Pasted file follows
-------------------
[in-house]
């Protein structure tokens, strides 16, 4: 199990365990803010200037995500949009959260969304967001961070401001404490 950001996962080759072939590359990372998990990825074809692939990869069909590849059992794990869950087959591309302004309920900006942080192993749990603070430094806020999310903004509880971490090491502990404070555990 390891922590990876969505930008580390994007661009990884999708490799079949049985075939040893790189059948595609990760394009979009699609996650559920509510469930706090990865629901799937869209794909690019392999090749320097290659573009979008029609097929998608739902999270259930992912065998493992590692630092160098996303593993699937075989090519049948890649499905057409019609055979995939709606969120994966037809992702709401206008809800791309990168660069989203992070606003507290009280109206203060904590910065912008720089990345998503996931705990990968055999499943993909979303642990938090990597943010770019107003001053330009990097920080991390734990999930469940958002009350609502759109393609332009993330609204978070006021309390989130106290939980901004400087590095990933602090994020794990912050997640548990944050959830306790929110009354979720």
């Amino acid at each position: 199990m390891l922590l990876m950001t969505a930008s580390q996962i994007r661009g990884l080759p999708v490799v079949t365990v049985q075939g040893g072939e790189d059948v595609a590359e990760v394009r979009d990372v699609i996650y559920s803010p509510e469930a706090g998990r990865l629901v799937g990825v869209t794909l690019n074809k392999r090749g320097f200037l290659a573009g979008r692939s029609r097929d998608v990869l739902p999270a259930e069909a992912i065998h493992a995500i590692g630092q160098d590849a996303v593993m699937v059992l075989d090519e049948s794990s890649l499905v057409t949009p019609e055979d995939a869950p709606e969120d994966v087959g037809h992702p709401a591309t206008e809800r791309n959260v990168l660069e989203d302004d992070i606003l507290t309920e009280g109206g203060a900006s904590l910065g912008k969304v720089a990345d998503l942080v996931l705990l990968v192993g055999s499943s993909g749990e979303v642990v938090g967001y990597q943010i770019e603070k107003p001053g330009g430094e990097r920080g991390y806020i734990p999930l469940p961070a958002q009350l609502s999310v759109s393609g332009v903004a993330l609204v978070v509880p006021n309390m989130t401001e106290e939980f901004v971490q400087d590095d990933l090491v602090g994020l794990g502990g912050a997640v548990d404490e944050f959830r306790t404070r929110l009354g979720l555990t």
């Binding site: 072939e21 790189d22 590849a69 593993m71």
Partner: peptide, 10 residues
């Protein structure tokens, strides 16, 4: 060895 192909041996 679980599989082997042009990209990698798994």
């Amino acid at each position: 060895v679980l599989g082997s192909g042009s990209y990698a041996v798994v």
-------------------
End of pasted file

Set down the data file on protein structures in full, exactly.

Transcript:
[in-house]
């Protein structure tokens, strides 16, 4: 199990365990803010200037995500949009959260969304967001961070401001404490 950001996962080759072939590359990372998990990825074809692939990869069909590849059992794990869950087959591309302004309920900006942080192993749990603070430094806020999310903004509880971490090491502990404070555990 390891922590990876969505930008580390994007661009990884999708490799079949049985075939040893790189059948595609990760394009979009699609996650559920509510469930706090990865629901799937869209794909690019392999090749320097290659573009979008029609097929998608739902999270259930992912065998493992590692630092160098996303593993699937075989090519049948890649499905057409019609055979995939709606969120994966037809992702709401206008809800791309990168660069989203992070606003507290009280109206203060904590910065912008720089990345998503996931705990990968055999499943993909979303642990938090990597943010770019107003001053330009990097920080991390734990999930469940958002009350609502759109393609332009993330609204978070006021309390989130106290939980901004400087590095990933602090994020794990912050997640548990944050959830306790929110009354979720």
């Amino acid at each position: 199990m390891l922590l990876m950001t969505a930008s580390q996962i994007r661009g990884l080759p999708v490799v079949t365990v049985q075939g040893g072939e790189d059948v595609a590359e990760v394009r979009d990372v699609i996650y559920s803010p509510e469930a706090g998990r990865l629901v799937g990825v869209t794909l690019n074809k392999r090749g320097f200037l290659a573009g979008r692939s029609r097929d998608v990869l739902p999270a259930e069909a992912i065998h493992a995500i590692g630092q160098d590849a996303v593993m699937v059992l075989d090519e049948s794990s890649l499905v057409t949009p019609e055979d995939a869950p709606e969120d994966v087959g037809h992702p709401a591309t206008e809800r791309n959260v990168l660069e989203d302004d992070i606003l507290t309920e009280g109206g203060a900006s904590l910065g912008k969304v720089a990345d998503l942080v996931l705990l990968v192993g055999s499943s993909g749990e979303v642990v938090g967001y990597q943010i770019e603070k107003p001053g330009g430094e990097r920080g991390y806020i734990p999930l469940p961070a958002q009350l609502s999310v759109s393609g332009v903004a993330l609204v978070v509880p006021n309390m989130t401001e106290e939980f901004v971490q400087d590095d990933l090491v602090g994020l794990g502990g912050a997640v548990d404490e944050f959830r306790t404070r929110l009354g979720l555990t």
């Binding site: 072939e21 790189d22 590849a69 593993m71």
Partner: peptide, 10 residues
């Protein structure tokens, strides 16, 4: 060895 192909041996 679980599989082997042009990209990698798994």
């Amino acid at each position: 060895v679980l599989g082997s192909g042009s990209y990698a041996v798994v």